With activists and citizen journalists pouring into Minneapolis in advance of the Republican National Convention (which starts September 1st), police there are already getting warmed up for what's sure to be another full-frontal assault on the bill of rights – which won't surprise anyone who protested the GOP's last convention in New York City.
Late Monday night three videographers from the New York-based Glass Bead Collective were detained by Minneapolis police officers, who spent about an hour questioning them and searching their belongings. In the end, they were released without charges, but they say officers confiscated a number of personal belongings, including their video and computer equipment, cell phones and clothing.
According to the group's lawyer, they were walking from a bus stop to the place they were staying in Northeast Minneapolis around 2 a.m. on Tuesday when two Minneapolis squad cars stopped them. They were first told that there had been car break-ins in the area, then the officers frisked them, photographed them and questioned them individually about their travel plans and what they intended to report on. “We kept saying we do not consent to any search,” Anita Brathwaite told the Twin Cities Daily Planet. To make matters worse, the group claims that police refused to give them a receipt for their equipment and personal belongings.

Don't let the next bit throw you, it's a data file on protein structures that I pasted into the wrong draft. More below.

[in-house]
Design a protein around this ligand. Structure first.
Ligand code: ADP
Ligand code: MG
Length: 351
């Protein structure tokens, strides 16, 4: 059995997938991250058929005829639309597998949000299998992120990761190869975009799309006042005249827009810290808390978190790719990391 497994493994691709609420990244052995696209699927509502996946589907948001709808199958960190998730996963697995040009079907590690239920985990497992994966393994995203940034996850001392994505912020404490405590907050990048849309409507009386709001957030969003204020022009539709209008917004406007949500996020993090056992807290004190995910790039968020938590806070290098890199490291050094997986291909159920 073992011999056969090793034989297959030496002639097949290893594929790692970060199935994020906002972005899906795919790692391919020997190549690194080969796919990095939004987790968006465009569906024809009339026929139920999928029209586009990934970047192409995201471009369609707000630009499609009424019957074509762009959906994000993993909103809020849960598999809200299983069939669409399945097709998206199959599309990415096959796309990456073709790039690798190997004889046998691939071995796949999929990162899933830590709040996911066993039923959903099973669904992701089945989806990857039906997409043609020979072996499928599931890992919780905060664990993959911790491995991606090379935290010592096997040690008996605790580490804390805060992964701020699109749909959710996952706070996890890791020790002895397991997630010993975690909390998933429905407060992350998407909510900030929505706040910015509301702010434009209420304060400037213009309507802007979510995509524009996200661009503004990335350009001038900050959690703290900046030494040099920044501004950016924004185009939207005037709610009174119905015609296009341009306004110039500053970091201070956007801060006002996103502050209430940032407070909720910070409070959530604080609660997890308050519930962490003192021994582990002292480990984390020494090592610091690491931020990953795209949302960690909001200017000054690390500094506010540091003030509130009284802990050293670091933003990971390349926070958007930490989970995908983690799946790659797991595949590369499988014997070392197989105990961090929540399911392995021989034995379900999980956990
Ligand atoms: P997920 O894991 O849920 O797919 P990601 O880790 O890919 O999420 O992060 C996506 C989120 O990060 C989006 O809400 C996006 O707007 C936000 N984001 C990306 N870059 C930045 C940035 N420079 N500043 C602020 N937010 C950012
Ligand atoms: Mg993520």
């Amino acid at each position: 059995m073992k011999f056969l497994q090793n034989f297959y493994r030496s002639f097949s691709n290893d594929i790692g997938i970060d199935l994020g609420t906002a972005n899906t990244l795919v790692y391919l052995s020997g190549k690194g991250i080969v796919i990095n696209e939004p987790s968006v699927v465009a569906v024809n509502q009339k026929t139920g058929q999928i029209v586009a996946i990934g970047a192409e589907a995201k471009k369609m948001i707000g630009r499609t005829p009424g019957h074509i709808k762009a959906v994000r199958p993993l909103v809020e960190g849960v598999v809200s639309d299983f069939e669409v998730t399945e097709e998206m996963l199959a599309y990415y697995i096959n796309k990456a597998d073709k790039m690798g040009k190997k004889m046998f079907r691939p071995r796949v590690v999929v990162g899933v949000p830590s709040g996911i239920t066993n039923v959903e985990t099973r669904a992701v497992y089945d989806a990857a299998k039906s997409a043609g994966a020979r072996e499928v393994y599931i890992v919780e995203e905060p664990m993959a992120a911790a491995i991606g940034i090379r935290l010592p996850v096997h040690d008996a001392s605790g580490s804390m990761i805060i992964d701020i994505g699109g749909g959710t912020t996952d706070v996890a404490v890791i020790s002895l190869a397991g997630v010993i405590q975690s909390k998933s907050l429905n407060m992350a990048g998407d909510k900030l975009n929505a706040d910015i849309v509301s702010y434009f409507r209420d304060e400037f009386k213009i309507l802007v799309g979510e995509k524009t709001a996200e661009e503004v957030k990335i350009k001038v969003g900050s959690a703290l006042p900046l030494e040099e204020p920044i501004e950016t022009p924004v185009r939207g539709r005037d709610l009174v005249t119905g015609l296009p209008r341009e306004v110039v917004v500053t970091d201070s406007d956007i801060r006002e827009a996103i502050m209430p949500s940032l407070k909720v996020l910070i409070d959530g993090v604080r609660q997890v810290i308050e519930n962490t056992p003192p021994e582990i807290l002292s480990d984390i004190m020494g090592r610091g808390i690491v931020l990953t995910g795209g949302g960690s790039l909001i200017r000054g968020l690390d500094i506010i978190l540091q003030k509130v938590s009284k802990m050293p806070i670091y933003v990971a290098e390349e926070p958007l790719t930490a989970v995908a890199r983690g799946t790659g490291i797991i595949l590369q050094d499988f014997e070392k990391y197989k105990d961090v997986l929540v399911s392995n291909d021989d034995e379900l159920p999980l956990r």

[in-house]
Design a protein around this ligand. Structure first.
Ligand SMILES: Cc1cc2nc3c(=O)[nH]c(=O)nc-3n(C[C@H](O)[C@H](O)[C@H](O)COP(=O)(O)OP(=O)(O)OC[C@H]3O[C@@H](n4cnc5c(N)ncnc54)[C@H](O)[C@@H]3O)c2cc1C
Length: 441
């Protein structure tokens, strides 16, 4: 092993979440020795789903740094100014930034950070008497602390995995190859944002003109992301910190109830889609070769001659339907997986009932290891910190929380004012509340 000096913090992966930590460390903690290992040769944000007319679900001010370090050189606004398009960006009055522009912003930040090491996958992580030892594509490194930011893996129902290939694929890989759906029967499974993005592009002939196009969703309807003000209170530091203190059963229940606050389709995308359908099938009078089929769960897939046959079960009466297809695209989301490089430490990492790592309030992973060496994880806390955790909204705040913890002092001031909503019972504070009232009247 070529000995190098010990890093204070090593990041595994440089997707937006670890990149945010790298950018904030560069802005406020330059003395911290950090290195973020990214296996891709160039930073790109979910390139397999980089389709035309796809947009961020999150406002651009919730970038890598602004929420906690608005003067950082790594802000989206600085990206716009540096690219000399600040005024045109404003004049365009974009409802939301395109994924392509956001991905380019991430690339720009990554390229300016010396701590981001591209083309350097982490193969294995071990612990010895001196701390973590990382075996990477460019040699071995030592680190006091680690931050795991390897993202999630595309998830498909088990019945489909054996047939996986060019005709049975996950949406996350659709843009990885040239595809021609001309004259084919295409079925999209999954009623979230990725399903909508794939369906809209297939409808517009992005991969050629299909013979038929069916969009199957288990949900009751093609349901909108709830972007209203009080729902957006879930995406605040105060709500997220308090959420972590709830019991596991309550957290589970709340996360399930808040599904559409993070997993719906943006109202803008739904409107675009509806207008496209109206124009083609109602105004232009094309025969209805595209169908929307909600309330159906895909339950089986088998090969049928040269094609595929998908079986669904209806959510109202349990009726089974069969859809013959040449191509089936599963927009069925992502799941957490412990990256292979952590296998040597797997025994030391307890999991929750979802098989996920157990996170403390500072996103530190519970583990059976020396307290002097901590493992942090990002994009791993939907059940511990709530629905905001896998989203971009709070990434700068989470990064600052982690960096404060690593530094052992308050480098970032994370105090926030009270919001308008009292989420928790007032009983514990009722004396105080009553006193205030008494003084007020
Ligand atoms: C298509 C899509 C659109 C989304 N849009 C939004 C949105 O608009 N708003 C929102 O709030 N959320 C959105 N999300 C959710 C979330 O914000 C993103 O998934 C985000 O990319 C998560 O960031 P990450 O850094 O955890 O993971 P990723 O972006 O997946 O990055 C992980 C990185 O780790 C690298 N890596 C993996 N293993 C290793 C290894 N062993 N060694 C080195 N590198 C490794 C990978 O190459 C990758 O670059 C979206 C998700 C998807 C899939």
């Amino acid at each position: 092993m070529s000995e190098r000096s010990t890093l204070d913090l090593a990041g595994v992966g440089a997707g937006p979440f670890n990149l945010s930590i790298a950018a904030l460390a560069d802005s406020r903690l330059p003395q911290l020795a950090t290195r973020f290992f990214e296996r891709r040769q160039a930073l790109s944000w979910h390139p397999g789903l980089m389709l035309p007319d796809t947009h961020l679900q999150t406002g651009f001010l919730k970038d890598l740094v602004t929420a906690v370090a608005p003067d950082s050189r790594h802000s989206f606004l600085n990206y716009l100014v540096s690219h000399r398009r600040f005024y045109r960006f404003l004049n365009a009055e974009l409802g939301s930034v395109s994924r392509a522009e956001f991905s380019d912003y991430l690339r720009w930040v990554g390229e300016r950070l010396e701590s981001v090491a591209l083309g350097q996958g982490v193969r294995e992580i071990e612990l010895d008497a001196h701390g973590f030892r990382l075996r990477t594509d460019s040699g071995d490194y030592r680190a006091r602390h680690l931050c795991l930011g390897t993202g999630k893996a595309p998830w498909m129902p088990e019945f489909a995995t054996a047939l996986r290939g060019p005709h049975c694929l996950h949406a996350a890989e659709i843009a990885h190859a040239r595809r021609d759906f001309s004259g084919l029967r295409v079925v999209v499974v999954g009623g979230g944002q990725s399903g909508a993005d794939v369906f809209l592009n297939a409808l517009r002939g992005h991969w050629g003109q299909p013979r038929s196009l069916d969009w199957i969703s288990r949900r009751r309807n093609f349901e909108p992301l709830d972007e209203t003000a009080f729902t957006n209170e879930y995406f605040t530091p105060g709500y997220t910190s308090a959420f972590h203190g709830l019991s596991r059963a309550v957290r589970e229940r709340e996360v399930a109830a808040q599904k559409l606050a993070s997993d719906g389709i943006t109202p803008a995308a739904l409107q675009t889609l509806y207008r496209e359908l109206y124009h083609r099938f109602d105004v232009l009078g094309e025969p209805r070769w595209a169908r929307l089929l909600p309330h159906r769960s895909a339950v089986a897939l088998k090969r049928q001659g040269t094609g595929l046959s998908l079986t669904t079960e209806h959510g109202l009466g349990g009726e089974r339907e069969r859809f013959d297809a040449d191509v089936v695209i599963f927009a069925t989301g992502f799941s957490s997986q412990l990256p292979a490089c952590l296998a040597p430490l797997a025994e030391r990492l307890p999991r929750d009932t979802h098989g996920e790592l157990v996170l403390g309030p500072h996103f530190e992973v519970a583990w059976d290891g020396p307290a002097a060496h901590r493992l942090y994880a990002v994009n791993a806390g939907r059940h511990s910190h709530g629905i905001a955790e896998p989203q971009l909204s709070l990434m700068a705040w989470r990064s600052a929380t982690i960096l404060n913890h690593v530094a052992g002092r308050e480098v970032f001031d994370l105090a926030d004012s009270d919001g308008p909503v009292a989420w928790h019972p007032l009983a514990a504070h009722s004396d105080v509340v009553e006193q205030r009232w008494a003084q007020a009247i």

According to a statement released by the Lawyers Guild assisting protesters in Minneapolis, police asserted that "they were allowed to conduct the search and seizure under the jurisdiction of Homeland Security due to security risks leading up to the Republican National Convention." (The police report obtained by Daily Planet lists an unspecified "Homeland Security Offense.") The videographers had been walking by a railroad, and Daily Planet reports that police were seeking a warrant to search the items for evidence of trespassing in a railroad yard, a misdemeanor offense, but a lawyer tells us all their belongings have been returned, except for some cash and Brathwaite's license.
The Glass Bead Collective was instrumental in obtaining and publicizing a video last month that showed an New York police officer bodyslamming a cyclist to the curb during a Critical Mass bike ride. The NYPD has been advising police departments in Denver and Minneapolis on how to handle protesters during the protests.